There are various versions of Lancashire hot pot, one of the best-known dishes in the North, but the main ingredients are almost invariably flavoursome cuts of lamb (like the neck, which is traditionally cut on the bone like chops), potatoes and onions. Kidneys - and even black pudding - can be added to the potatoes and onions. Back in the days when they were cheap, a few oysters would be put under the potato, but that is largely a thing of the past, although well worth trying if you like them.
The pot in which the hot pot is cooked is important, and it took me some years to find an appropriately deep glazed terracotta pot that was suitable - and looked the part, too. Amazingly, I eventually found it in a junk shop in Romiley, near Manchester, along with a couple of old cookbooks, all for £3.50.
Pickled red cabbage is the traditional accompaniment to Lancashire hot pot. You may think it a strange pairing, but it works as well with a simple hot pot as it does with a plate of cold cuts.
Salt and pepper
1kg lamb or mutton neck chops, cut into rough 3-4cm chunks
Flour for dusting
Vegetable oil for frying
60g unsalted butter, plus a little more for brushing
450-500g onions, thinly sliced
A few sprigs of thyme
800ml lamb or beef stock (or a good-quality stock cube dissolved in that amount of water)
1kg large potatoes, peeled and thinly sliced
For the pickled red cabbage
1 litre red wine vinegar
1tsp freshly ground black pepper
1tbsp pickling spice
1tbsp caster sugar
1 head of red cabbage, quartered and finely shredded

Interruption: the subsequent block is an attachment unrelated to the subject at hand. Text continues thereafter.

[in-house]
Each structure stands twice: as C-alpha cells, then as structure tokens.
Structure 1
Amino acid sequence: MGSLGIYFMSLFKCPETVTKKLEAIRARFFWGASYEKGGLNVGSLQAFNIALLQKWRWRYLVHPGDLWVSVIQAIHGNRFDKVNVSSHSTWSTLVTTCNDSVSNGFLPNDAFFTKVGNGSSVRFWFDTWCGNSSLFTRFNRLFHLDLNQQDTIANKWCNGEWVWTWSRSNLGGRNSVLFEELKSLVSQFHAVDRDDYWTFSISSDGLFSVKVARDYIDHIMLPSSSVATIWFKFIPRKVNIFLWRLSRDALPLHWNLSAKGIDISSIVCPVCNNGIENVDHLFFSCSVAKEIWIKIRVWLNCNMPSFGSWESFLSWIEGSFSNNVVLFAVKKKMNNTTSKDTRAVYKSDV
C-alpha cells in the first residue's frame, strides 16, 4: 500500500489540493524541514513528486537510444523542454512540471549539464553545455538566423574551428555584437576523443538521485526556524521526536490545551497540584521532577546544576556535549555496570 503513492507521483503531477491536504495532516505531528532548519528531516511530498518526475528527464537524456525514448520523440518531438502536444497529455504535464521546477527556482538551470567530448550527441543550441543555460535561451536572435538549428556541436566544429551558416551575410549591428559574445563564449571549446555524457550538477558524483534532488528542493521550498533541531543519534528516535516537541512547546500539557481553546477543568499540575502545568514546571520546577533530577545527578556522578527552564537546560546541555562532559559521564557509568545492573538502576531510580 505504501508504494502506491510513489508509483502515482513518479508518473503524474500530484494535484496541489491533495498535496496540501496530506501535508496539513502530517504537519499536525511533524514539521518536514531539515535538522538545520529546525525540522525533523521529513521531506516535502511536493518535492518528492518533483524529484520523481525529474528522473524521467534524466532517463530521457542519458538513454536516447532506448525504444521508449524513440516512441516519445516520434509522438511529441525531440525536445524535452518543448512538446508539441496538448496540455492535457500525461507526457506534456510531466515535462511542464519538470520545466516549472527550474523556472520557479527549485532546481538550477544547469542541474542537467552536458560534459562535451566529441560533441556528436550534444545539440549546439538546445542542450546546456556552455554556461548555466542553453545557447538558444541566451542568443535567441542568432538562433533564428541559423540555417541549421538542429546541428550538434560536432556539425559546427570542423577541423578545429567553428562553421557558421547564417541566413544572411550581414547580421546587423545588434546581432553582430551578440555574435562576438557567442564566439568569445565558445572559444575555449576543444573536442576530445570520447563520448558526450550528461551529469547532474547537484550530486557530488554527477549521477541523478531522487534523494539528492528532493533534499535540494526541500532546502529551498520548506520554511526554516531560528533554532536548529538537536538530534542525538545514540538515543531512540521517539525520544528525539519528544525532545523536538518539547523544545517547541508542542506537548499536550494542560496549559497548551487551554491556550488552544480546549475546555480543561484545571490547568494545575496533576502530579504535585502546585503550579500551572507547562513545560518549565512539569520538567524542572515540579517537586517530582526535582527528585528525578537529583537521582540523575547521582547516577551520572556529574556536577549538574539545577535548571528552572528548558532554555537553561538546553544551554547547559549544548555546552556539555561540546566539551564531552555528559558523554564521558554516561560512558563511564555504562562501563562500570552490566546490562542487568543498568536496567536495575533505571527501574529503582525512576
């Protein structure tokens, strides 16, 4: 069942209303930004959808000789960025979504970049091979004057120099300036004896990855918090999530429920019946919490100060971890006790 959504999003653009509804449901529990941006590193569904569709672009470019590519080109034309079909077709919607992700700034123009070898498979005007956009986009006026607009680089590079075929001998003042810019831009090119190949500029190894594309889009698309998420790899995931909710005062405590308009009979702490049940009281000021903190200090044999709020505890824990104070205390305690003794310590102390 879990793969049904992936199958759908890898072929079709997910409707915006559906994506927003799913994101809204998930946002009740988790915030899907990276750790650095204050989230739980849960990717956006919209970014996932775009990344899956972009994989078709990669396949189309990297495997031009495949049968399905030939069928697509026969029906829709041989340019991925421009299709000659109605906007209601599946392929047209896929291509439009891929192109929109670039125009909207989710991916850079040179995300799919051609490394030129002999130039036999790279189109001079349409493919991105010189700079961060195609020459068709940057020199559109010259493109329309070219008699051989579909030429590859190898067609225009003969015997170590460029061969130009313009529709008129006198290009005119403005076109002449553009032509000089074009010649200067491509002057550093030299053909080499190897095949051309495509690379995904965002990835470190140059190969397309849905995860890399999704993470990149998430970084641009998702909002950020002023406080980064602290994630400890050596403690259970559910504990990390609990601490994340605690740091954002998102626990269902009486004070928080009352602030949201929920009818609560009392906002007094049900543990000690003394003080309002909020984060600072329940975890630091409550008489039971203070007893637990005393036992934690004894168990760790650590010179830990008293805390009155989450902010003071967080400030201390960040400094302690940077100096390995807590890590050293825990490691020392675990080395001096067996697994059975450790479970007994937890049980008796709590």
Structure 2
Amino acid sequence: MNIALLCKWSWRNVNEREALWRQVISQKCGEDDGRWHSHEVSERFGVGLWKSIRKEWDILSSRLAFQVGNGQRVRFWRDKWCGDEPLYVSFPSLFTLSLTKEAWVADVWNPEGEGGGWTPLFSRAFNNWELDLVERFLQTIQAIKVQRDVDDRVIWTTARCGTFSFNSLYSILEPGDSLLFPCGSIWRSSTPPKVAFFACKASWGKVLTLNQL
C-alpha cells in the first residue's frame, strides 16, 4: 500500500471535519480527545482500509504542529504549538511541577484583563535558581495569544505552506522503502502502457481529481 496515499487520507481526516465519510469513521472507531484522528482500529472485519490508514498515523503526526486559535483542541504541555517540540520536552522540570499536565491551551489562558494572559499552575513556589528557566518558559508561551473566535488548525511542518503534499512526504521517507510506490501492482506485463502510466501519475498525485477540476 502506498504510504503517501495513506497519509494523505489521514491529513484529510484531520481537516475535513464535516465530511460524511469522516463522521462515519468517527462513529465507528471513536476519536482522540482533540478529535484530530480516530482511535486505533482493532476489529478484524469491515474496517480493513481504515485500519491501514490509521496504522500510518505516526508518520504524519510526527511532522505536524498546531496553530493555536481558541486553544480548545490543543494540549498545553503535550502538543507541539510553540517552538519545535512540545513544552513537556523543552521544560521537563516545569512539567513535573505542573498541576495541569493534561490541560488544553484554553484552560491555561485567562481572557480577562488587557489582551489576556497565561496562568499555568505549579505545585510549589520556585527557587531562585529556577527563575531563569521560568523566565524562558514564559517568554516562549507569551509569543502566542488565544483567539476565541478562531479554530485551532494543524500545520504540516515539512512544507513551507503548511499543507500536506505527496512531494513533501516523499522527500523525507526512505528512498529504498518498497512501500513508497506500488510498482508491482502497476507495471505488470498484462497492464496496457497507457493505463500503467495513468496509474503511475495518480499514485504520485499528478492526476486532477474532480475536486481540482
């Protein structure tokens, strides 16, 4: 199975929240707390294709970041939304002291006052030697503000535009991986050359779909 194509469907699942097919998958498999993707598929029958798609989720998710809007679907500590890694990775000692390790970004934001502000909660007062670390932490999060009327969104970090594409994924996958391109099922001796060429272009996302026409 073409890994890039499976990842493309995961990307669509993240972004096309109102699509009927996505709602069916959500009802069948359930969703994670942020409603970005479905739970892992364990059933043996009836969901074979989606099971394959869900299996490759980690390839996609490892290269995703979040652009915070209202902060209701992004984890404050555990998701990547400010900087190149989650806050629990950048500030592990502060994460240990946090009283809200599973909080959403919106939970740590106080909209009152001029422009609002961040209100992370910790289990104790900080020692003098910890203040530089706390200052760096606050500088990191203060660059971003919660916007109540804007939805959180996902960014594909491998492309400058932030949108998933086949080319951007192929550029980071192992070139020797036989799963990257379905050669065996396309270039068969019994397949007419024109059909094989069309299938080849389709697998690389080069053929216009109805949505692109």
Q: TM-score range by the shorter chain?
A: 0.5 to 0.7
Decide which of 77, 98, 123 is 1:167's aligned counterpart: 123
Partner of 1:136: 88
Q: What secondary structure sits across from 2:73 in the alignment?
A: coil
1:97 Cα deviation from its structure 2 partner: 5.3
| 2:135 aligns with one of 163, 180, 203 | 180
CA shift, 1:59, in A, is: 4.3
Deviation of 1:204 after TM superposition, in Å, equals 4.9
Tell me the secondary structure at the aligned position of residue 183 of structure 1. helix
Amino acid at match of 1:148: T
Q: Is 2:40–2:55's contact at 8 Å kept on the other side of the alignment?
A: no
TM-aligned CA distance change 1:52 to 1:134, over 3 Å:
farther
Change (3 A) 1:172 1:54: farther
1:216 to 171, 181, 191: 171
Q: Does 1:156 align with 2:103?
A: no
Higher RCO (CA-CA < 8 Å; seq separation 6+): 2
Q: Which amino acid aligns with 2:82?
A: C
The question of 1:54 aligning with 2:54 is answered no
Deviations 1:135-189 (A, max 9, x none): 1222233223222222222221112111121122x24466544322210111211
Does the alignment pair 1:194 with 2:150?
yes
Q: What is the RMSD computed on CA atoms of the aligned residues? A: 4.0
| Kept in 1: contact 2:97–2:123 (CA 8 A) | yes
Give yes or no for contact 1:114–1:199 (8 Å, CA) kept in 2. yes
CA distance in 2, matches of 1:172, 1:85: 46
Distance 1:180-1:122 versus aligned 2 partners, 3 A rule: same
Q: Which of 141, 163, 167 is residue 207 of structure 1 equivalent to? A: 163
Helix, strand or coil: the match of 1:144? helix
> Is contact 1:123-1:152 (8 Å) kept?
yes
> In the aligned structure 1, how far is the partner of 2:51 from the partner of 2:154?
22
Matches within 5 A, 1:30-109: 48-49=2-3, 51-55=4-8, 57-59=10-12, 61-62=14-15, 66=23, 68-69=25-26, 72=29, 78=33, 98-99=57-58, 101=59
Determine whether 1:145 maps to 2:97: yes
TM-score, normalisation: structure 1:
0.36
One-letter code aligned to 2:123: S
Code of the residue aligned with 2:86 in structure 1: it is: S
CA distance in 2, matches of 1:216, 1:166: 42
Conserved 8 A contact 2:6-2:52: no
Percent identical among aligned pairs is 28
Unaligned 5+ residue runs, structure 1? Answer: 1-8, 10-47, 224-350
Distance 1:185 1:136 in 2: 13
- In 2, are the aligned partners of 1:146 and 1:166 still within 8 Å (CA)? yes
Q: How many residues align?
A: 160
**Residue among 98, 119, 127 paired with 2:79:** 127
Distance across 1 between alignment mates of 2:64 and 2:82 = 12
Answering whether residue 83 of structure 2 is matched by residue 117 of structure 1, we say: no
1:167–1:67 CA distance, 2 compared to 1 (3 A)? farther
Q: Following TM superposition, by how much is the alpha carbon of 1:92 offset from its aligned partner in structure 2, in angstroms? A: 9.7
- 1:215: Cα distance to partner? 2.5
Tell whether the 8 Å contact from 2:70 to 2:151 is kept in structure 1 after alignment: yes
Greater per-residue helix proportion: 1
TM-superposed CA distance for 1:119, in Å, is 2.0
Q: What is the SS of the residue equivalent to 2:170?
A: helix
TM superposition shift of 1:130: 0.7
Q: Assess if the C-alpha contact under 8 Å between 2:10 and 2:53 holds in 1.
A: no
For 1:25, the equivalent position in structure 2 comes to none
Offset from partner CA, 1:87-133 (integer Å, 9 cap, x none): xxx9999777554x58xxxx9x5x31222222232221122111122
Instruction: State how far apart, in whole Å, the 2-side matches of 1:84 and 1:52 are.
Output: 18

It's best to make this several weeks in advance, so that the red cabbage gets nicely soft and pickled. In a non-reactive pan, bring the vinegar to the boil with the pepper, pickling spice, sugar and salt, and leave to cool. Mix the shredded cabbage into the cooled pickling liquid in another non-reactive f bowl and leave it in the fridge overnight.
The next day, pack the cabbage into sterilised jars and top up with the vinegar. Seal the jars and store in a cool place for a minimum of four weeks, or up to 12 months.
When you want to cook the hot pot, pre-heat the oven to 220C/gas 7. Season the pieces of lamb and dust with flour. Heat a couple of tablespoons of vegetable oil in a heavy-based frying pan and fry the lamb, a few pieces at a time, on a high heat until nicely coloured.
Clean the pan and heat another couple of tablespoons of vegetable oil, then fry the onions on a high heat until they begin to colour. Add the butter and continue to cook for a few minutes until the onions soften. Dust them with a tablespoon of flour, stir well and gradually add the lamb stock, stirring to avoid lumps, and then sprinkle in the thyme. Bring to the boil, season with salt and pepper, and simmer for about 10 minutes.
Now you're ready to assemble the hot pot. Take an ovenproof casserole dish with a lid or similar, cover the bottom with a layer of potatoes, followed by a layer of meat with a little sauce, then another layer of potatoes. Continue until the meat and sauce has all been used. Finish the top with a layer of nicely overlapping potato slices. Brush the top with a little of the sauce and cook in the oven for about half an hour, then turn the oven down to 130C/gas 1 and leave in the oven for 2 hours.